Spring wildflowers: Yellow, white and blue

In the past week the country has shifted from yellow to white to blue, and that isn’t a reference to how the nation pins its political colours. Whilst the allotment remains largely un-greened (although the seedlings are now starting to take off), in the countryside the wildflowers are rampant.

In Birmingham, daffodils and calendine are only just giving way to buttercups and dandelion. It seems odd, after May-day, for these early spring flowers to last the distance, but last they do. Meanwhile in Worcestershire Рalways a few degrees warmer Рthe hedgerows are lush, decorated with froths of mayflower, cow parsley and the rounded fluff of dandelion clocks. They give a touch of brightness on dull, rainy days, and gleam when the sun shines.

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Meadow flowers

Up close

The prize for best in show has to go to the bluebell, which carpets woodland groves and colours in the Malvern Hills like paint on canvas.

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Malvern bluebells

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Awash with colour

Malvern Water

Not been getting much cooking done of late due to the new addition to the family.

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Hello world!

 

Gertie has been dragged from her rural idyll on our friend’s farm in Buckinghamshire to live on the mean(ish) streets of Edgbaston. She is a 7 week old jumpy, scratchy, inquisitive bundle of fur fun.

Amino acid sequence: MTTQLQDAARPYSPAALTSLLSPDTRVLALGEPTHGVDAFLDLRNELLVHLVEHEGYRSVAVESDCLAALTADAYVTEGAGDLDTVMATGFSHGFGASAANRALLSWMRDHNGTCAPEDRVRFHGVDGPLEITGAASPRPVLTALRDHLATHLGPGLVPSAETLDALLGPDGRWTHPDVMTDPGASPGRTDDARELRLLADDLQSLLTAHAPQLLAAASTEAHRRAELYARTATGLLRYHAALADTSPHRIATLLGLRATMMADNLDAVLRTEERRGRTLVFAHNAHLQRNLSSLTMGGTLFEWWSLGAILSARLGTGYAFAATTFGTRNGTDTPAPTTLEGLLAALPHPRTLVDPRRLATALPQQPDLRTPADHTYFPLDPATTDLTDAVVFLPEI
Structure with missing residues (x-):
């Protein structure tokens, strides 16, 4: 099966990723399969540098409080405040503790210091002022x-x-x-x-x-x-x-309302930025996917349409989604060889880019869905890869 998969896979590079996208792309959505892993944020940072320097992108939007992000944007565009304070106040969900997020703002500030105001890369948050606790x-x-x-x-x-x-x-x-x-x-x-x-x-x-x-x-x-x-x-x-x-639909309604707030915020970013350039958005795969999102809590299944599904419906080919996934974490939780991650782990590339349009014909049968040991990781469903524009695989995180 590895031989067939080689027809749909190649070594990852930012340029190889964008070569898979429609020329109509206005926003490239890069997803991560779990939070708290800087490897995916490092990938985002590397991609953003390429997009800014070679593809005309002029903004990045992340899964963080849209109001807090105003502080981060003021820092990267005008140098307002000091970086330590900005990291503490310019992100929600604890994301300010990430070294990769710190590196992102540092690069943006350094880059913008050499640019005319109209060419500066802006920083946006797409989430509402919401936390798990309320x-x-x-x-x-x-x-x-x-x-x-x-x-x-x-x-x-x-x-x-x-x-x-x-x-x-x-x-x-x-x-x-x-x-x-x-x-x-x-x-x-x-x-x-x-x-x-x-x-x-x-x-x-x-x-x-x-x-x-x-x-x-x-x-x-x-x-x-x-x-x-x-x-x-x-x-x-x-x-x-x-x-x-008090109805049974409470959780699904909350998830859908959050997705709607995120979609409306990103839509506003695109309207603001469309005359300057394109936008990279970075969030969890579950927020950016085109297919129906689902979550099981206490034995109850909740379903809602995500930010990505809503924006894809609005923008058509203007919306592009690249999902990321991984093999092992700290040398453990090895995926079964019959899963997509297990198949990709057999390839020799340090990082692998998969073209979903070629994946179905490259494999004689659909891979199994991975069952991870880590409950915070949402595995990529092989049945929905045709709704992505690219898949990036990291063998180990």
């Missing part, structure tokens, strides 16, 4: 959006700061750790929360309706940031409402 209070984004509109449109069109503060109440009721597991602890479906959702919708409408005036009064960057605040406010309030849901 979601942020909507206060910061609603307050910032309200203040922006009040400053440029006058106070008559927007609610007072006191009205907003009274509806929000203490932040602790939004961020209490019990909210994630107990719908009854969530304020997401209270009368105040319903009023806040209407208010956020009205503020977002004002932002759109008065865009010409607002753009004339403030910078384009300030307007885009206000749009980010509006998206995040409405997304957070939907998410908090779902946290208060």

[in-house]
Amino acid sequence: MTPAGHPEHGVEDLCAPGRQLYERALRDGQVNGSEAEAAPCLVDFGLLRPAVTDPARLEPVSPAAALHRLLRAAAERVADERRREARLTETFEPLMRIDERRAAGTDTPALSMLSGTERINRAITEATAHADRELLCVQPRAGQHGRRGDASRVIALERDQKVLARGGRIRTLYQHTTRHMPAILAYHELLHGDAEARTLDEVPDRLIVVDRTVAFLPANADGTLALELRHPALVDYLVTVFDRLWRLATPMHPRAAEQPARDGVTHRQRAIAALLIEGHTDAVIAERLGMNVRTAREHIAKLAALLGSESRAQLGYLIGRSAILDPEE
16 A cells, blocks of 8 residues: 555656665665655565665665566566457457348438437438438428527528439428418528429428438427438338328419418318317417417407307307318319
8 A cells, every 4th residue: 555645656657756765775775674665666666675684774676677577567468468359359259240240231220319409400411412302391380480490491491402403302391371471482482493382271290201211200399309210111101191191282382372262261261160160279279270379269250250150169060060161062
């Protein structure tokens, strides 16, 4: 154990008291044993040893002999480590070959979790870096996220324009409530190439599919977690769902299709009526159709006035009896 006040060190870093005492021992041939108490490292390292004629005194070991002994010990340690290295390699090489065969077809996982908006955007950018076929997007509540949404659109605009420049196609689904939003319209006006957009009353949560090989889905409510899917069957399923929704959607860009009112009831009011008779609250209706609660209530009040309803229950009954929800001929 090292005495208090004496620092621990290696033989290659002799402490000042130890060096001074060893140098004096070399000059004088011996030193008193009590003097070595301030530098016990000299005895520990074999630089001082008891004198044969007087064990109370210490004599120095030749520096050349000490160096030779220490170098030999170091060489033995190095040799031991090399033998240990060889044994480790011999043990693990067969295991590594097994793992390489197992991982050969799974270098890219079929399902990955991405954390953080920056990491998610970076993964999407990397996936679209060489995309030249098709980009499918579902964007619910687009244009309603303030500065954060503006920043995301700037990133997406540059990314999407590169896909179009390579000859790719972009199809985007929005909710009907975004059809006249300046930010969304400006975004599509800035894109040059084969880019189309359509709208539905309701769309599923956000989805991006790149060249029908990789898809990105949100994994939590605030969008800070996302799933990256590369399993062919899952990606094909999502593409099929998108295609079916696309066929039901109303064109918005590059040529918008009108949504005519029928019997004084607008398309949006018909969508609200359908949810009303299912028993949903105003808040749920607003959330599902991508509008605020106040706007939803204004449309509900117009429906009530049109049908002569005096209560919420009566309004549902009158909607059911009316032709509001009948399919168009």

Yesterday I had to go to Malvern and whilst there, the done thing is to stock up on spring water. Non-Malvernites tend to not understand this: it literally means collecting water from the hills, from one of the 20-odd springs dotted around. I go to Evendine lane, as did this chap with his demi-johns. That’s a lot of beer he’s going to be making.

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Malvern Water is the best there is. Tap water, particularly in Birmingham, tastes disgusting. This is pure and tastes of…nothing. I was asked at a wedding once if it’s true that I only drink Malvern Water. The answer is yes my friend, it is true and I don’t apologise for it.

Neither am I the only one. Collecting water is a Thing here and people have their own ways of making it easier. It’s not uncommon to see bits of drainpipe used to channel water, or massive great containers that are too heavy for one person to lift.

If you know this country, you could be dropped here blindfold and still know where you are. It’s the smell of the ferns. At this time of year, the Hills are alive with the scent of ferns. The autumn cyclamen are in bloom in Malvern – another sign of season’s change. No matter where I go in the world, this land will always be home.

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Black clouds over Clee Hill

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North towards Jubilee Hill

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South towards British Camp

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Ferns and wild flowers